Re-presenting autism: the construction of 'NT Syndrome'

Brownlow, Charlotte (2010) Re-presenting autism: the construction of 'NT Syndrome'. Journal of Medical Humanities, 31 (3). pp. 243-255. ISSN 1041-3545

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Abstract

Autism is a widely researched area and much emphasis has been placed in research on the differences between the autistic and non-autistic populations. Such research commonly draws on proposed deficits within people with autism in order to explain differences. This paper seeks to present an alternative understanding of differences and draws on writings of people with autism in such a discussion. The construction of 'Neurologically Typical syndrome' (NT) will be presented as an inverted construction of diagnosis, which serves to challenge the dominant position of 'NTs' and 'NT traits' over autistic traits. It will be argued that such an alternative representation of people with and without autism has important implications for our construction of and understanding of autism.


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Item Type: Article (Commonwealth Reporting Category C)
Refereed: Yes
Item Status: Live Archive
Additional Information: Deposited in accordance with the copyright policy of the publisher (Kluwer)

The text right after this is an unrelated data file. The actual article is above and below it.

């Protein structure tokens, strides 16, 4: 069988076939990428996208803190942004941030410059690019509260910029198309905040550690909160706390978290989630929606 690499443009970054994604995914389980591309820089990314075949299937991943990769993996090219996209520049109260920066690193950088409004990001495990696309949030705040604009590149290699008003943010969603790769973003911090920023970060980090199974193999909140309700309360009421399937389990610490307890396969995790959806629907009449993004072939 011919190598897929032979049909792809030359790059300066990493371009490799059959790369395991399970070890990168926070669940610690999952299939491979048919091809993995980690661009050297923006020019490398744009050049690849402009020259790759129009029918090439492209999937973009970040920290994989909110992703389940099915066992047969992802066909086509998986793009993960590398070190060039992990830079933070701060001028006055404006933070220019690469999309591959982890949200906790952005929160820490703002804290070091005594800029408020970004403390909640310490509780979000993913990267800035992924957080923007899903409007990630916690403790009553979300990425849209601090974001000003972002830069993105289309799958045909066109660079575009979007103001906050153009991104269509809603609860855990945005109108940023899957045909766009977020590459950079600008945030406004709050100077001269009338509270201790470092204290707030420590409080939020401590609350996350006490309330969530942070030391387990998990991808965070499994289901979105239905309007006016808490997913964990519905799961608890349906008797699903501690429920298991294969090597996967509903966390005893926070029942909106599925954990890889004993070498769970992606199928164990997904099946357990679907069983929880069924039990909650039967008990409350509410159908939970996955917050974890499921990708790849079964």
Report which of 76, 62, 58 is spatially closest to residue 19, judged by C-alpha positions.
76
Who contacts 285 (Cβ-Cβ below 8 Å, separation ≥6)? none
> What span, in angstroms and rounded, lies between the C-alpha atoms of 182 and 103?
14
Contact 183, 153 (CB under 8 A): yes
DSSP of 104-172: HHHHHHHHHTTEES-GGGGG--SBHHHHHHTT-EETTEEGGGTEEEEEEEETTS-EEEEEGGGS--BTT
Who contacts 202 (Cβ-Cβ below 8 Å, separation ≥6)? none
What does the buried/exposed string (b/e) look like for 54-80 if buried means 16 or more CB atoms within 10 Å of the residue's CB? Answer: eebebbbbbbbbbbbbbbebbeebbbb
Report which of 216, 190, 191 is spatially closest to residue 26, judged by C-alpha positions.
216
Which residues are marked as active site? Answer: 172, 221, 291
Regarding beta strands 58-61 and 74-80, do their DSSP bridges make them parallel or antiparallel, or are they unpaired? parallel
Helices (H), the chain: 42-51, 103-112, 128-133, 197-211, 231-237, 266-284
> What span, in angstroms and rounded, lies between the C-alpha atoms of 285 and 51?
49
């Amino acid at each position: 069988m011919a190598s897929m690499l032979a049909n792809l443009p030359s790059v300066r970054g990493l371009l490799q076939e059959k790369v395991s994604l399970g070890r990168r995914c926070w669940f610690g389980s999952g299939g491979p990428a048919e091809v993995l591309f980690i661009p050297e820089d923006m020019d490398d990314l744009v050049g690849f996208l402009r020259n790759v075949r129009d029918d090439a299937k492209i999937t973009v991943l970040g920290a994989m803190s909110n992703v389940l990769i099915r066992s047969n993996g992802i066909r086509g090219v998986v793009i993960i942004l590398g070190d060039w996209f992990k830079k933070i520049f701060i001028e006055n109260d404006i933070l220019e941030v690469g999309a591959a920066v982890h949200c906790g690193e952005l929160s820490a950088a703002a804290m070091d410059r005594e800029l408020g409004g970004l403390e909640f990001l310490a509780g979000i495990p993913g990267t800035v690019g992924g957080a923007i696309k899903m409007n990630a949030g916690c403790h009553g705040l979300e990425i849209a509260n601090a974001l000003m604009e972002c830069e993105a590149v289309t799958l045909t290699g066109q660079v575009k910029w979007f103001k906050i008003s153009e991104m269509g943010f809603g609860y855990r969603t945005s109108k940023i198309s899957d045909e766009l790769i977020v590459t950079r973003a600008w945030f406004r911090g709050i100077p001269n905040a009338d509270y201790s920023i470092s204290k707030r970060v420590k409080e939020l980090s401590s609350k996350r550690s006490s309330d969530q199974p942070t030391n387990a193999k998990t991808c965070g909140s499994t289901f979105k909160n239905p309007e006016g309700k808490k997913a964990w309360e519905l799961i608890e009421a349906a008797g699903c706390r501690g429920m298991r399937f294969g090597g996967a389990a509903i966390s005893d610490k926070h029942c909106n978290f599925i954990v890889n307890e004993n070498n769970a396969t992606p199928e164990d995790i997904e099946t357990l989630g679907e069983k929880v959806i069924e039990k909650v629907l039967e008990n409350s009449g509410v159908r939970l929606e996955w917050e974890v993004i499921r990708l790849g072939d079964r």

Depositing User: Dr Charlotte Brownlow
Faculty / Department / School: Historic - Faculty of Sciences - Department of Psychology
Date Deposited: 10 Oct 2010 12:34
Last Modified: 08 Jul 2014 05:41
Uncontrolled Keywords: autism; neurologically typical syndrome; neurodiversity; differential diagnosis; disability
Fields of Research (FOR2008): 17 Psychology and Cognitive Sciences > 1701 Psychology > 170109 Personality, Abilities and Assessment
17 Psychology and Cognitive Sciences > 1701 Psychology > 170102 Developmental Psychology and Ageing
11 Medical and Health Sciences > 1109 Neurosciences > 110999 Neurosciences not elsewhere classified
Socio-Economic Objective (SEO2008): C Society > 92 Health > 9204 Public Health (excl. Specific Population Health) > 920410 Mental Health
Identification Number or DOI: doi: 10.1007/s10912-010-9114-4
URI: http://eprints.usq.edu.au/id/eprint/8791

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